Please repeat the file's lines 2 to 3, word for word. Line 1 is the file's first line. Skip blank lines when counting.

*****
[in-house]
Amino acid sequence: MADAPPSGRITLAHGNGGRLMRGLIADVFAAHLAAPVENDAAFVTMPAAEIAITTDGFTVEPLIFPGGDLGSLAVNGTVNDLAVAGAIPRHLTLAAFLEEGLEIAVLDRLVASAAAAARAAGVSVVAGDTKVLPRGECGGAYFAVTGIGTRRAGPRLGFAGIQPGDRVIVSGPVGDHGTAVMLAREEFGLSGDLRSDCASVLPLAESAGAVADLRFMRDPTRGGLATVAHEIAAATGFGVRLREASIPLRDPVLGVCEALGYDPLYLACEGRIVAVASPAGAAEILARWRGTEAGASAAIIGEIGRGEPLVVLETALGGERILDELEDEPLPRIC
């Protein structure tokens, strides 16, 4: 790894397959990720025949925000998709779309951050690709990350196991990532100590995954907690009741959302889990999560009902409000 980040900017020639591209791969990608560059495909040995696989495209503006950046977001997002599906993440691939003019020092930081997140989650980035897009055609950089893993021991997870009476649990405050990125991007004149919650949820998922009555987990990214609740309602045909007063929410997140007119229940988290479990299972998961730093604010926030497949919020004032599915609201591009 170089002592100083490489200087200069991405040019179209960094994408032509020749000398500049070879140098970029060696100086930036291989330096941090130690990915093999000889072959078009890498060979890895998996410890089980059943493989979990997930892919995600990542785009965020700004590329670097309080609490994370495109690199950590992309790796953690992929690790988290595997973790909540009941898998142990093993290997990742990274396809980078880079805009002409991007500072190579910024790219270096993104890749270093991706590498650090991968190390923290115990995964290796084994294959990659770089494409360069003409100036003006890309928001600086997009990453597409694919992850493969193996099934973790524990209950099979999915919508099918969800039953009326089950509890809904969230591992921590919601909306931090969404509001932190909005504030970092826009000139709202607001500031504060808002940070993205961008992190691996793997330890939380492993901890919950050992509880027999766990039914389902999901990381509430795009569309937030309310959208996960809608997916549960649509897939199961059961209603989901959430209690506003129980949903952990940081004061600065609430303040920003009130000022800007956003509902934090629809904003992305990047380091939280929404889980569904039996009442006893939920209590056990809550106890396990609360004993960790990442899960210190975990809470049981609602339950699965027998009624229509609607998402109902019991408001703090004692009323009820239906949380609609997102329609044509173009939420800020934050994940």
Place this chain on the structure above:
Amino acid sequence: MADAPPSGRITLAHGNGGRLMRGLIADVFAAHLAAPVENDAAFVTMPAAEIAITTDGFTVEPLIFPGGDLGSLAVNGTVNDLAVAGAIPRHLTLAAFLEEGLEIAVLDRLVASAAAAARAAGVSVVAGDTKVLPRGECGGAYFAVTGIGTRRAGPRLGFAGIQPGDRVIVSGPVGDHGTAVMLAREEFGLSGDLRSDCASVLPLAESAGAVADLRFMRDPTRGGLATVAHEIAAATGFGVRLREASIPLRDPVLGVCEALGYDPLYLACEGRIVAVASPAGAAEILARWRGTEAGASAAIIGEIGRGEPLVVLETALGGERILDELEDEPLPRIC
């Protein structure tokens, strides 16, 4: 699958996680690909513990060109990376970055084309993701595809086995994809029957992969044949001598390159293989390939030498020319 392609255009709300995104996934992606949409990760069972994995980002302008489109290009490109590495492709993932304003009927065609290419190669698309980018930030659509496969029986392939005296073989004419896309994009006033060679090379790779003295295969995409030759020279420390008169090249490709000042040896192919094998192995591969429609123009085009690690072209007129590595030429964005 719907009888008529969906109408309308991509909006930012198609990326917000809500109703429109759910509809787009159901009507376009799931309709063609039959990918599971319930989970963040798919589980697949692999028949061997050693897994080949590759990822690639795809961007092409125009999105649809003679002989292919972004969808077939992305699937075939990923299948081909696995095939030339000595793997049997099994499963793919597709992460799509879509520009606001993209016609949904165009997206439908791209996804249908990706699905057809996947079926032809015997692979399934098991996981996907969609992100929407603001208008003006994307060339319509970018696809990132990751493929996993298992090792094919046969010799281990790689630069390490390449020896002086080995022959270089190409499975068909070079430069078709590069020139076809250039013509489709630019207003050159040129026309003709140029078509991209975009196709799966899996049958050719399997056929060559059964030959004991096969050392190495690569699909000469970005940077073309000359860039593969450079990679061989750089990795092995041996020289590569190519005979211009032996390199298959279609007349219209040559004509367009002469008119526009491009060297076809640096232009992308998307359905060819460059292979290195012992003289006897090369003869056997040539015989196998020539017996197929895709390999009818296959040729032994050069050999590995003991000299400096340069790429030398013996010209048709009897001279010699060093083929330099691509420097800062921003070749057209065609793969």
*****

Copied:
Amino acid sequence: MADAPPSGRITLAHGNGGRLMRGLIADVFAAHLAAPVENDAAFVTMPAAEIAITTDGFTVEPLIFPGGDLGSLAVNGTVNDLAVAGAIPRHLTLAAFLEEGLEIAVLDRLVASAAAAARAAGVSVVAGDTKVLPRGECGGAYFAVTGIGTRRAGPRLGFAGIQPGDRVIVSGPVGDHGTAVMLAREEFGLSGDLRSDCASVLPLAESAGAVADLRFMRDPTRGGLATVAHEIAAATGFGVRLREASIPLRDPVLGVCEALGYDPLYLACEGRIVAVASPAGAAEILARWRGTEAGASAAIIGEIGRGEPLVVLETALGGERILDELEDEPLPRIC
């Protein structure tokens, strides 16, 4: 790894397959990720025949925000998709779309951050690709990350196991990532100590995954907690009741959302889990999560009902409000 980040900017020639591209791969990608560059495909040995696989495209503006950046977001997002599906993440691939003019020092930081997140989650980035897009055609950089893993021991997870009476649990405050990125991007004149919650949820998922009555987990990214609740309602045909007063929410997140007119229940988290479990299972998961730093604010926030497949919020004032599915609201591009 170089002592100083490489200087200069991405040019179209960094994408032509020749000398500049070879140098970029060696100086930036291989330096941090130690990915093999000889072959078009890498060979890895998996410890089980059943493989979990997930892919995600990542785009965020700004590329670097309080609490994370495109690199950590992309790796953690992929690790988290595997973790909540009941898998142990093993290997990742990274396809980078880079805009002409991007500072190579910024790219270096993104890749270093991706590498650090991968190390923290115990995964290796084994294959990659770089494409360069003409100036003006890309928001600086997009990453597409694919992850493969193996099934973790524990209950099979999915919508099918969800039953009326089950509890809904969230591992921590919601909306931090969404509001932190909005504030970092826009000139709202607001500031504060808002940070993205961008992190691996793997330890939380492993901890919950050992509880027999766990039914389902999901990381509430795009569309937030309310959208996960809608997916549960649509897939199961059961209603989901959430209690506003129980949903952990940081004061600065609430303040920003009130000022800007956003509902934090629809904003992305990047380091939280929404889980569904039996009442006893939920209590056990809550106890396990609360004993960790990442899960210190975990809470049981609602339950699965027998009624229509609607998402109902019991408001703090004692009323009820239906949380609609997102329609044509173009939420800020934050994940």